It’s not what you’d expect from one of the rainiest countries in Europe. In the summer of 2021, a flowering plant called gorse caused wildfires that burned for six weeks in an outer suburb of Dublin, Ireland named Howth, before firefighters could get them under control. It was a bad summer for wildfires on the peninsula, but damaging fires are major challenges for people and wildlife there almost every year.
The local municipality has tried fire breaks and public awareness campaigns about the dangers of campfires and littering, but with little success. Now, however, they’ve got an unlikely set of helpers on the case: a herd of goats they hope will make this heathland less vulnerable to fire by munching their way through the dense thickets of highly flammable gorse and bracken that cover it.
Why Firefighting Goats Are Needed
Introduced in Sept. 2021, the goats themselves are a critically endangered indigenous breed known as old Irish goats. They were common in Howth (as they were across Ireland), until the middle of the 20th century. But the breed declined because of crossbreeding with imported goats and the dying out of traditional farming practices. That was unfortunate, says Seán Carolan, director of the Old Irish Goat Society (OIGS), which is leading the three-year project.
“The heathland was essentially created and managed by traditional grazing practices and because a lot of them have been abandoned in suburban areas, they've become overgrown and fire hazards,” says Carolan.
The project, which is funded by Fingal County Council, aims to determine the conservation grazing capacity of the goats and the cost-effectiveness of this eco-friendly method of wildfire prevention.
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“If there are firebreaks that are well maintained, the fire service will be able to control the fires relatively easily,” explains Carolan.
The initial herd of 25 goats brought to Howth has swelled to 70 in Jan. 2023, with 27 females due for baby goats in March of this year. Alongside the fire prevention aims, OIGS hope that reintroducing Howth’s native goat will help bolster the population of this rare breed.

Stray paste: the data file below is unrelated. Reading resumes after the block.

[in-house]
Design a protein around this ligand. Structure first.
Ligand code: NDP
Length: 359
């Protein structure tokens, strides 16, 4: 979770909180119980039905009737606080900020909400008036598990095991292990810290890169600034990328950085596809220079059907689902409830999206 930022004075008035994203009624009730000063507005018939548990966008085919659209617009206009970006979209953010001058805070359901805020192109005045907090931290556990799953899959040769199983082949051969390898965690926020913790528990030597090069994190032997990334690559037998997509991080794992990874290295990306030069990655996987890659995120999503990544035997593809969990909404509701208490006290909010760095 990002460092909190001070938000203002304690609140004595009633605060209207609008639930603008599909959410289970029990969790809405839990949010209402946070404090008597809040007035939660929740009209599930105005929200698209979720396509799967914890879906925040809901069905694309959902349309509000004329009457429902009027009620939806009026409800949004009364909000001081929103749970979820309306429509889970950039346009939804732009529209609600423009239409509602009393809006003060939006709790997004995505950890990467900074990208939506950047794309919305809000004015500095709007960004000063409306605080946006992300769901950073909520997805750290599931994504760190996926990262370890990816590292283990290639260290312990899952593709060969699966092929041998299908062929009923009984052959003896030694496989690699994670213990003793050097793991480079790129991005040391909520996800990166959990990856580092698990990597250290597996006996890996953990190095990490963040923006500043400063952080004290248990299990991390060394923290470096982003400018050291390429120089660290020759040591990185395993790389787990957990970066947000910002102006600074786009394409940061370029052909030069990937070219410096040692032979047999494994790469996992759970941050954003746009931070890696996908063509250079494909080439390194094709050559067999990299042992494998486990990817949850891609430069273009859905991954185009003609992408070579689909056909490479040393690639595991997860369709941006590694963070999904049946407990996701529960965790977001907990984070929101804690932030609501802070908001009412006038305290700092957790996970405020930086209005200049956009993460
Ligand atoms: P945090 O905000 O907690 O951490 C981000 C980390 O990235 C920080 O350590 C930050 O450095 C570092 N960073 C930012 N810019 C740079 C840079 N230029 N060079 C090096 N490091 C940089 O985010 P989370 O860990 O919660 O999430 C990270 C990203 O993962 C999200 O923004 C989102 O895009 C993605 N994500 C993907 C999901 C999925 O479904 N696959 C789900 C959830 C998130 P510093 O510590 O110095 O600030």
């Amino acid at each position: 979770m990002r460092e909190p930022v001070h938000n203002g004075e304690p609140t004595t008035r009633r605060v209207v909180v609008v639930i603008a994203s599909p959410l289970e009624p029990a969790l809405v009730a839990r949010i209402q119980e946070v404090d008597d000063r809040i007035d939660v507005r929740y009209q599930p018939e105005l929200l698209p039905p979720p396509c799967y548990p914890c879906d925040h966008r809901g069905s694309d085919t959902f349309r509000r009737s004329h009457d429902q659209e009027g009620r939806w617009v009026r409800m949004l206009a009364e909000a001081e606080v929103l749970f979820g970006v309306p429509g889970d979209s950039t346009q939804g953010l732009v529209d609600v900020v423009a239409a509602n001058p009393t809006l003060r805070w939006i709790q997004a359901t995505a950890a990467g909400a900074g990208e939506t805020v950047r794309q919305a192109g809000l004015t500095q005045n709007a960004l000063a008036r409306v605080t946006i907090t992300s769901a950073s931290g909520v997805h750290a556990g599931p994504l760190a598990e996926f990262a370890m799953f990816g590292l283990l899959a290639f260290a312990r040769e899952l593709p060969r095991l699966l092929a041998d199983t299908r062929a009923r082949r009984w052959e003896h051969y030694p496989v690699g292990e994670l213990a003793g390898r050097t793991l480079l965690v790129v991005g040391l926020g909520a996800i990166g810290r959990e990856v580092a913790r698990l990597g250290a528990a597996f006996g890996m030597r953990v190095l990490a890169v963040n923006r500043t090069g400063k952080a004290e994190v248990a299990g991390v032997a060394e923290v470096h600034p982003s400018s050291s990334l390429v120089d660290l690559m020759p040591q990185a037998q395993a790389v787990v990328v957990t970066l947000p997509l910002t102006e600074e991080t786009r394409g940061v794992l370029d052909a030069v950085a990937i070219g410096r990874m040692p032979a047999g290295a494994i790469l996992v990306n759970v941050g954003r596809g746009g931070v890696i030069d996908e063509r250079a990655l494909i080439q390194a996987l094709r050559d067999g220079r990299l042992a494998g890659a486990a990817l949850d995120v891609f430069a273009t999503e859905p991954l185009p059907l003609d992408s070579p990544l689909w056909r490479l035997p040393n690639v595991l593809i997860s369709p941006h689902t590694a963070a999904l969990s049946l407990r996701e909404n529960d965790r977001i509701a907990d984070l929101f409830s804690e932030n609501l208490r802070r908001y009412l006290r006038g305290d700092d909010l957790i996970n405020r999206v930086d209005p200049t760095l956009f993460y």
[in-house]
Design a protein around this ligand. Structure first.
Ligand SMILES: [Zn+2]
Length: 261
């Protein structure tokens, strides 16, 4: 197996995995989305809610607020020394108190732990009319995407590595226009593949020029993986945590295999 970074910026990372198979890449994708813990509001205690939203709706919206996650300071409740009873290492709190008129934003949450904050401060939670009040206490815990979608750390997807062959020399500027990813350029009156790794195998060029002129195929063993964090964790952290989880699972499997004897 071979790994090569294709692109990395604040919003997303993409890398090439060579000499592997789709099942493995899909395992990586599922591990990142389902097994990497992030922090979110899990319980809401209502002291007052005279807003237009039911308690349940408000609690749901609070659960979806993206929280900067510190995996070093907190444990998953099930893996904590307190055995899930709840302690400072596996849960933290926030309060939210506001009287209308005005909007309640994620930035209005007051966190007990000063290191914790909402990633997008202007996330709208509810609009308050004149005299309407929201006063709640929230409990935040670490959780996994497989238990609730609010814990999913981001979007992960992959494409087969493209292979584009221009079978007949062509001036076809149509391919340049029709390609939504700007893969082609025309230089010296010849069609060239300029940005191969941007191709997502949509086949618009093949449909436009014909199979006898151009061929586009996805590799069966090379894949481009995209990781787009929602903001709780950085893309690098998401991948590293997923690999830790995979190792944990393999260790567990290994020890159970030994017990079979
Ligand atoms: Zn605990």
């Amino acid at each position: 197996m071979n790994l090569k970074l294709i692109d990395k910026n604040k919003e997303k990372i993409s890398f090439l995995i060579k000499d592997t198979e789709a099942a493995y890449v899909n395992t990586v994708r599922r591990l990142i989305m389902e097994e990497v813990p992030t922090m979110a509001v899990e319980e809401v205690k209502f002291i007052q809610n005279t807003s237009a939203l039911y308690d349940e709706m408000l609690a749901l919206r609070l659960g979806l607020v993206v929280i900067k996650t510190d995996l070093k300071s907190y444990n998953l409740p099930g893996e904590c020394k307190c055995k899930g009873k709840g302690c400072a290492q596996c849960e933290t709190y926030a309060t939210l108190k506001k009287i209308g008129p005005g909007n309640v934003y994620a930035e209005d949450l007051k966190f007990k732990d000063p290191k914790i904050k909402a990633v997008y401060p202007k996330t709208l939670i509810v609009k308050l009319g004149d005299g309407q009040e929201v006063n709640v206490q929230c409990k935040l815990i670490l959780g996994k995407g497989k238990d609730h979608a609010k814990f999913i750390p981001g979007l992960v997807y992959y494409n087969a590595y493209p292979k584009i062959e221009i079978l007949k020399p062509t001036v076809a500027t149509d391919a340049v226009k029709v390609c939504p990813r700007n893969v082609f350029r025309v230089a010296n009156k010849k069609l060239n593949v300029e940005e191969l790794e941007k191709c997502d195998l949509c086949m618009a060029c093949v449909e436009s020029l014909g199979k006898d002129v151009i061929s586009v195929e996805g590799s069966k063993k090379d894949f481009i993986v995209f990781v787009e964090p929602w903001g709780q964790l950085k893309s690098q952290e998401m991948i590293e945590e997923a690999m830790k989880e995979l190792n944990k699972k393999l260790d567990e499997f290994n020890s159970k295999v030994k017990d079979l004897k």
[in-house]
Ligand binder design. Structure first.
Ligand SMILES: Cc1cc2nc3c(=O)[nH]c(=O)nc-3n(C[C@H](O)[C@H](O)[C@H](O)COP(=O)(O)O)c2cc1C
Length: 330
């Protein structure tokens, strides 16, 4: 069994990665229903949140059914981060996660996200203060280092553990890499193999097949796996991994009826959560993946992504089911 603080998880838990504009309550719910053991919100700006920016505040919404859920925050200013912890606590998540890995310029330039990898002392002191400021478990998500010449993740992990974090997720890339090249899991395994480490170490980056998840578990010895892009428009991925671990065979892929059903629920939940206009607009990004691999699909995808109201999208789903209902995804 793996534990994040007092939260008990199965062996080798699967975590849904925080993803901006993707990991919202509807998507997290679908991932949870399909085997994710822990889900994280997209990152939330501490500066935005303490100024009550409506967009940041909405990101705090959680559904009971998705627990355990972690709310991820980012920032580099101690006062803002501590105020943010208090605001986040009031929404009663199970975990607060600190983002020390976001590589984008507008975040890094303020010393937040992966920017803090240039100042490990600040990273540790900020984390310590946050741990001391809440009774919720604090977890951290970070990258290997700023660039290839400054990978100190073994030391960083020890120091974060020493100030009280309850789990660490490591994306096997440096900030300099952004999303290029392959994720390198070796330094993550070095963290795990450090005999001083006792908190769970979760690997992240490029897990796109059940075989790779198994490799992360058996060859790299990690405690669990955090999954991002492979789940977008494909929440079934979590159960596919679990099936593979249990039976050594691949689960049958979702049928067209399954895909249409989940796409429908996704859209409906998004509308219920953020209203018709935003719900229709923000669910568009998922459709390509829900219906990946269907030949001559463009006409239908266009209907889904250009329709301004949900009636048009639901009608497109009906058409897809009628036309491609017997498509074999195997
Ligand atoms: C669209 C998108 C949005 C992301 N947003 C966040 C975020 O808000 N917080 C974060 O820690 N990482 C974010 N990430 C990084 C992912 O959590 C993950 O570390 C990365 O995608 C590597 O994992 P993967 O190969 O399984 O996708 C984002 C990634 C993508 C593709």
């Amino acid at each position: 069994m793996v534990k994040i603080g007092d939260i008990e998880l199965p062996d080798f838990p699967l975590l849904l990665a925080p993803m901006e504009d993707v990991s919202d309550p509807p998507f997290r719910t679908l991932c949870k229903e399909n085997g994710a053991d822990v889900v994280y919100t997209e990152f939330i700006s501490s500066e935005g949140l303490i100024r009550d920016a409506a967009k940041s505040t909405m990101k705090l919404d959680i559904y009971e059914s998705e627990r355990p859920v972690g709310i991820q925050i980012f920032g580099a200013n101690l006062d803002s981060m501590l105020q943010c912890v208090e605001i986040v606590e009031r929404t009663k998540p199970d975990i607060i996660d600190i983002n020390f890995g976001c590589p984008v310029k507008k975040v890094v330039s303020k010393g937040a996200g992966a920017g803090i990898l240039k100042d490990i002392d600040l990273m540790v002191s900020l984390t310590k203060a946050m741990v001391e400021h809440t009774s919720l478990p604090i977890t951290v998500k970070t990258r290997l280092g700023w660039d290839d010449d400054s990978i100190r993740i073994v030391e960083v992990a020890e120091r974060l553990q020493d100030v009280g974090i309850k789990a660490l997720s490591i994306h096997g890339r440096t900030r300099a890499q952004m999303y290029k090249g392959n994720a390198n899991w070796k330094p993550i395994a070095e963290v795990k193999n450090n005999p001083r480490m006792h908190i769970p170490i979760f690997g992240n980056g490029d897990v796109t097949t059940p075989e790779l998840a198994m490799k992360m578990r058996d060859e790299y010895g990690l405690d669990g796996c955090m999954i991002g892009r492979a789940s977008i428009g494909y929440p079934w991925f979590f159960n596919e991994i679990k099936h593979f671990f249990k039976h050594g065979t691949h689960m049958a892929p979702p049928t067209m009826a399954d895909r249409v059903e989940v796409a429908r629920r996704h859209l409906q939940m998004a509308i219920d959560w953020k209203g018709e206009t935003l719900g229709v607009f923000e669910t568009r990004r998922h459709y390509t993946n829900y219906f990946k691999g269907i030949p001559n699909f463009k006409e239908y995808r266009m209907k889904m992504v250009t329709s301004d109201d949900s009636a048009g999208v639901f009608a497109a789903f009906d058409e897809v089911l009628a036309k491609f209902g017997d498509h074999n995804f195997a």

How the Goats Fight Fire
Split up into groups of 10 to 15 animals, according to age and sex, the goats are rotated around a series of grazing sites. The grazing sites cover approximately 5 percent of the peninsula.
While most of the goats simply maintain fire breaks that machinery originally creates, the mature bucks – known as the ‘bachelor herd’– also create fire breaks from scratch.
“They can do a lot of trashing with their horns and dominate the more mature bushes,” explains Melissa Jeuken, the project’s full-time goat herd.
The goats spend around a month at each grazing site, controlled not by traditional fencing – which would be expensive and labour intensive to install – but by GPS collars that sound an alarm when their wearers approach the virtual boundaries programmed into the system.
Jeuken trains the goats on the GPS collars from the age of six months (before this, they stick close to their mothers), over the course of three or four weeks. Once trained, the goats are “are very obedient to the system,” she says. They’re clever with it too, knowing that once the alarm starts to sound they’ve got another 19 seconds to finish up whatever they’re eating.
“What the virtual fencing does is modernise what is already a brilliant animal in terms of herd grazing,” says Carolan. “The functionality of these animals has been forgotten as we've moved into more monoculture-type farming.”
Traditional Meets Modern Grazing
Grazing – or rather “browsing” because the term includes all forms of plants – by herbivores is effective in wildfire management for a couple of reasons, explains Christopher Johnson, professor of wildlife conservation at the University of Tasmania and the lead author of a 2018 paper, published in the Royal Society.
“By removing a lot of living plant biomass, that reduces the amount of dry fuel that can accumulate,” he says. “So, [herbivore grazing] is a good way of localising fire and reducing its impact.”
There are risks associated with using herbivores in fire prevention, but most don’t apply to the Howth project, says Johnson. Not only are the numbers tiny but with the virtual fencing in place, there’s little risk of the goats becoming invasive and denuding the landscape. There can be a danger of extensive browsing of woody plants leaving space for flammable grasses to grow; as mixed feeders, however, old Irish goats will forage both woody plants and grass.
It's still early in the process for the goats in Howth, but the signs are good so far. Jeuken is delighted by what her “caprine crew” is achieving.
“Give them a week somewhere and you can see a difference. The initial change is very drastic,” she says.
Looking ahead, says Carolan, “what we need now is a lot of ecological survey data and secondary analysis of the goats to really analyze in greater detail what the effects are.” If the results are good, it could open the door to a wider application of this traditional-meets-modern solution to wildfire prevention.